Third election won’t break political deadlock in Israel, poll finds

Channel 13 survey shows Blue and White, Likud each gaining one Knesset seat at expense of smaller parties, leaving stalemate essentially unchanged

Blue and White head Benny Gantz, left, and Prime Minister Benjamin Netanyahu, right. (Flash90)
Blue and White head Benny Gantz, left, and Prime Minister Benjamin Netanyahu, right. (Flash90)

With politicians warning that yet another election could be on the horizon amid ongoing political deadlock, a television poll published Tuesday evening predicted that very little would change in the event of a third round of ballot-casting.

According to the Channel 13 survey, Benny Gantz’s centrist Blue and White would remain as the largest party if new elections were held, growing from 33 to 34 seats in the 120-member Knesset. Prime Minister Netanyahu’s right-wing Likud would also see a one seat bump, rising to 33 seats.

The Joint List of four predominantly Arab parties would maintain 13 seats, and Avigdor Liberman’s Yisrael Beytenu would hold steady at eight seats.

The poll found that Shas would fall to seven seats from the nine it won in September, while its fellow ultra-Orthodox party, United Torah Judaism, would stay at seven seats.

The center-left Labor-Gesher would drop one seat from its current tally to five, while Jewish Home-National Union, which ran in the last elections as part of the national-religious Yamina alliance, would pick up five seats.

New Right, which was also part of Yamina, would get four seats, as would the left-wing Democratic Camp, according to the Channel 13 poll.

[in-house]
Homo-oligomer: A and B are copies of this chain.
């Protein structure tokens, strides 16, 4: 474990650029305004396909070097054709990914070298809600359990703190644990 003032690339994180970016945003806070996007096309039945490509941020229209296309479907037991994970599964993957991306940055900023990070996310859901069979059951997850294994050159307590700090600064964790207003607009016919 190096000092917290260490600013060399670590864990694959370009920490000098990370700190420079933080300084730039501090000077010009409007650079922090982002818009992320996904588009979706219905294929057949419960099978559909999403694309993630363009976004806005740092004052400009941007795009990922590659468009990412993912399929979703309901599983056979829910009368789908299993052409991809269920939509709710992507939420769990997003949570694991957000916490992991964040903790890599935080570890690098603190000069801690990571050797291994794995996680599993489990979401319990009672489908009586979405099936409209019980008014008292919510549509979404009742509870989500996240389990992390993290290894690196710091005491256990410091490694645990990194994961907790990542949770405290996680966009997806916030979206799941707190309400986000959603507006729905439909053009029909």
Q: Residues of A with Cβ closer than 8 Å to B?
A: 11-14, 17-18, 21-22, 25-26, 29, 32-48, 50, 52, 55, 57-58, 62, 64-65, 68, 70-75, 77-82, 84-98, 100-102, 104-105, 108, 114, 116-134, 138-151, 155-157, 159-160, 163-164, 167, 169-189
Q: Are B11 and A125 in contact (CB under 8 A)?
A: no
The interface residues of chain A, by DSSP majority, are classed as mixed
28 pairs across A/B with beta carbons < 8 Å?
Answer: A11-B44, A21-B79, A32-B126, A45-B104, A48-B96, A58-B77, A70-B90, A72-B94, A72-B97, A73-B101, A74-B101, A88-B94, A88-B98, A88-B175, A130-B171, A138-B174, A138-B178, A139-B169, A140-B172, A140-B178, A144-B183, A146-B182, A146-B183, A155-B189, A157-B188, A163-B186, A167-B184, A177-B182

Blue and White leader Benny Gantz (L), President Reuven Rivlin (C) and Prime Minister Benjamin Netanyahu (R) meet at the President’s Residence in Jerusalem on September 25, 2019 (Amos Ben Gershom/GPO)

Overall, Likud and its religious allies would have 56 seats, the same number as the center-left and Arab parties would receive. Liberman would retain his status as kingmaker, holding the balance of power between the blocs.

Asked who they would hold responsible if the country goes to elections for a third time in less than a year, 37% of respondents said Netanyahu, 21% said Gantz, and 30% said the two would be equally to blame. Eight percent said neither, while 4% did not know.

The survey was conducted for the network by pollster Camil Fuchs. It included 706 respondents and had a 4.1% margin of error.

The poll came a day after Netanyahu announced that he had failed to form a majority government in the Knesset, marking a major setback for the embattled prime minister that plunges the country into a new period of political uncertainty.

Facing a Wednesday deadline, Netanyahu said he was returning the mandate to form a government to Rivlin, blaming his failure on Gantz, Blue and White deputy head Yair Lapid, and Liberman.

On Tuesday, Rivlin announced he was giving the mandate to Gantz to try and build a Knesset majority after the president’s chief of staff completed a second round of consultations with representatives of all Knesset parties.

Netanyahu was initially tasked by Rivlin with trying to form a government based on the strength of his pact with right-wing and ultra-Orthodox parties to negotiate as a bloc of 55 MKs after September 17’s inconclusive elections. Gantz heads a bloc of 54 MKs from the center, left and Arab parties.

Liberman is not in either bloc and has called for a secular unity government comprising Likud, Blue and White and his own party. But Netanyahu has refused to abandon his traditional ultra-Orthodox partners Shas and United Torah Judaism. And Gantz has so far refused to partner with Likud so long as Netanyahu is facing possible indictment in three corruption cases.

An elderly ultra-Orthodox Jewish man casts his ballot at a voting station in the city of Bnei Brak during the Israeli parliamentary election on September 17, 2019. (Menahem KAHANA/AFP)

However, without Likud Gantz is seen as having an even slimmer chance than Netanyahu of forming a coalition.

If Gantz fails during his 28-day window, a majority of lawmakers could try during an additional 21 days to endorse a third candidate, something that has never happened before in Israel. And if that fails, the country would be forced into the unprecedented scenario of a third election within a year.

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